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Why do Jews often so closely resemble the members of the nationalities amongst whom they have been living for only a few hundred years? How do features spread through such an exclusive population so quickly to the extent that it is easier to identify on sight national origin (with some degree of accuracy) than religious affiliation?

(I think this question might be founded on faulty assumptions about any subset of {genetics; statistics; physiology; Judaism}. If so, please correct.)

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5 Answers 5

I suspect that its a combination of some superset of the following factors:

  • Intermarriage and conversion bringing in genetic material from the host population.
  • Diet affecting people's hardiness, skin color, etc.
  • Standard of dental care affecting people's facial structure and whether they like to open their mouths.
  • Environmental factors, including sun exposure, which could affect skin color as well as things like hair loss.
  • Cultural norms for facial expressions and body language. I suspect that people from Moscow hold their faces like other Muscovites and differently, in a subtle way, from people from Cleveland or Singapore.

As a demonstration of the importance of my four proposed non-hereditary factors, I submit that Ashkenazic Jews who grew up in Israel look subtly but noticeably different from those who grew up in the US, even if they came from the same family origins, going back just a generation or two.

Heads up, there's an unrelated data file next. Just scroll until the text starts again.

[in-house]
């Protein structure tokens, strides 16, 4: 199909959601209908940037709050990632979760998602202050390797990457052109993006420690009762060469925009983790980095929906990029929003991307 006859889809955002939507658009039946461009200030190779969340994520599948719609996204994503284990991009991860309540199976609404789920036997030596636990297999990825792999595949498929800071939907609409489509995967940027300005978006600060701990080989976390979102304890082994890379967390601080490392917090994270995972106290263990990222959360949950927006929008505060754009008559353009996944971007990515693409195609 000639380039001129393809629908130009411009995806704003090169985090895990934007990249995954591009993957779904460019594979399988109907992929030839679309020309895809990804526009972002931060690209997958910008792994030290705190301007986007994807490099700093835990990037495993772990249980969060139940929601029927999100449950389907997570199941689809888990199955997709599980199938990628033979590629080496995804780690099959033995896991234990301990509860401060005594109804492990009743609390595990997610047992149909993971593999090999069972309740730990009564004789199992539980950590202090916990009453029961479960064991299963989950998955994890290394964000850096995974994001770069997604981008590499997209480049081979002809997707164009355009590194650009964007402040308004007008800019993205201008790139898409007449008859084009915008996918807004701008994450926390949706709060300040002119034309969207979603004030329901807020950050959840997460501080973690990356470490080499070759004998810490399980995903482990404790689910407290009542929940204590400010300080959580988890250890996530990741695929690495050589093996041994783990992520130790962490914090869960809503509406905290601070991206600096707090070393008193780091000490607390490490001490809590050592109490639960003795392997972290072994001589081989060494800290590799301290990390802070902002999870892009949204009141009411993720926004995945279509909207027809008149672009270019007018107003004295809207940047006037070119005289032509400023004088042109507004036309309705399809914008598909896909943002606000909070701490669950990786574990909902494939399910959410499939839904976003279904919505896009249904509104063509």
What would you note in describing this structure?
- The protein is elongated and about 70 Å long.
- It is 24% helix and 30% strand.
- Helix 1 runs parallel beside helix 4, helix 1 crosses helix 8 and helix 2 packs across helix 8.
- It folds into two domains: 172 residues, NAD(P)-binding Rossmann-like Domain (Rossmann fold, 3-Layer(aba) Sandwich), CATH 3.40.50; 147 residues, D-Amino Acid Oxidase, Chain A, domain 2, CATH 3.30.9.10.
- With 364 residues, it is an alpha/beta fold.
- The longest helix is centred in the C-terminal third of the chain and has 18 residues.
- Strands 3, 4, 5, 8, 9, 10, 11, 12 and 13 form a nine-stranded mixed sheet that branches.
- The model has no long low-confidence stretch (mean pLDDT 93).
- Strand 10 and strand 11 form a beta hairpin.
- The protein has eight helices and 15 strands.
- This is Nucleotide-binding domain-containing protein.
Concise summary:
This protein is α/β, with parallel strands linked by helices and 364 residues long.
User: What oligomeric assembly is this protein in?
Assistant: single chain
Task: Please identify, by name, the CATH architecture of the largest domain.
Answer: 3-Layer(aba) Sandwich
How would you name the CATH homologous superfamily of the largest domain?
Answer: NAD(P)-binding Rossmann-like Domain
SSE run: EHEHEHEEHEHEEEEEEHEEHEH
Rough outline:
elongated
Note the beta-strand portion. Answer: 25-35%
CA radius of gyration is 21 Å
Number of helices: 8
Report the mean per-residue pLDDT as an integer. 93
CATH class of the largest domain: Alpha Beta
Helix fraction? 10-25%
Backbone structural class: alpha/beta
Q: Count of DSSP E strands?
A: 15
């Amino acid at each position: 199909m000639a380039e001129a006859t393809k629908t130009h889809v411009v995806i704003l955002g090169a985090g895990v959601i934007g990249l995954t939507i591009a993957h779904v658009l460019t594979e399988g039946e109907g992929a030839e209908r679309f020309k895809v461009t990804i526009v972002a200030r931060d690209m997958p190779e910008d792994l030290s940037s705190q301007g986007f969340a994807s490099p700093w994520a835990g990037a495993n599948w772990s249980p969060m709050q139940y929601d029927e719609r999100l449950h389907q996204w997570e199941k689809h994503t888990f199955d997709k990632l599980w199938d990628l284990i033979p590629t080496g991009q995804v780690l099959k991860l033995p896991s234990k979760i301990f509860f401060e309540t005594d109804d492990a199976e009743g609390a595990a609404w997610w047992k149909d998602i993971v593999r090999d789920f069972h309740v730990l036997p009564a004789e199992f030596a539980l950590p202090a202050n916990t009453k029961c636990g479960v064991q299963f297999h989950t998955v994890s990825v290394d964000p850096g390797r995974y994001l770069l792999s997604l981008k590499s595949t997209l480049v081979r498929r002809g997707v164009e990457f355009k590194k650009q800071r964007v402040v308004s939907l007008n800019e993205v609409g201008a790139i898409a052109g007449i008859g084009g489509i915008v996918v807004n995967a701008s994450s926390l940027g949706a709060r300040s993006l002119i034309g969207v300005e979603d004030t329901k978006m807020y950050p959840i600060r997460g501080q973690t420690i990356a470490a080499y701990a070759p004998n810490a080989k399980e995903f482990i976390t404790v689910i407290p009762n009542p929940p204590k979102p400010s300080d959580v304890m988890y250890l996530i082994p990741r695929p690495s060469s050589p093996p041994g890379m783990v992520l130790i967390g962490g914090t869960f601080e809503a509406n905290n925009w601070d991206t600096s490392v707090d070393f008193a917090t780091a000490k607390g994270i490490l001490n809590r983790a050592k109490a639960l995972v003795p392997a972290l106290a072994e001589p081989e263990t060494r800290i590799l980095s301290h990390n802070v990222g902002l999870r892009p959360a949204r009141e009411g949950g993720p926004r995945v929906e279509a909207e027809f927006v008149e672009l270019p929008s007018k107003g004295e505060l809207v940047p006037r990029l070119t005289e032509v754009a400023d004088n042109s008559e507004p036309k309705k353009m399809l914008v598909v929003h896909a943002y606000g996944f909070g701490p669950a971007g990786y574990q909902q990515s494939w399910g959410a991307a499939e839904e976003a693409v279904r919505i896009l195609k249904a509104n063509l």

Another example: There's a guy I work with who was born in India. On his employee ID photo, which is from a few years ago, he looks incredibly more Indian than he does now, almost like a different person. I think part of it is that he's put on a little weight , but there's something harder to put my finger on that I'll bet is an American attitude's effect on how he holds his face. I saw a photo in his cubicle that was probably taken between his ID and now, and his "Indianness" seems in between to me.

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The geneticist Luigi Cavalli-Sforza described racial features as "physiological frosting." Rambam Kilyaim 3:1 -- "you can have two types of plant that look different, but are really the same species, but they changed over time because they grew in different locations and conditions." Tiferes Yisrael on Sanhedrin 4:5: when the Mishna credits God with the amazing variety of people's different features, that means within a given race. As the variety between races is just caused by living in different places for a long enough time. –  Shalom Mar 18 '10 at 13:48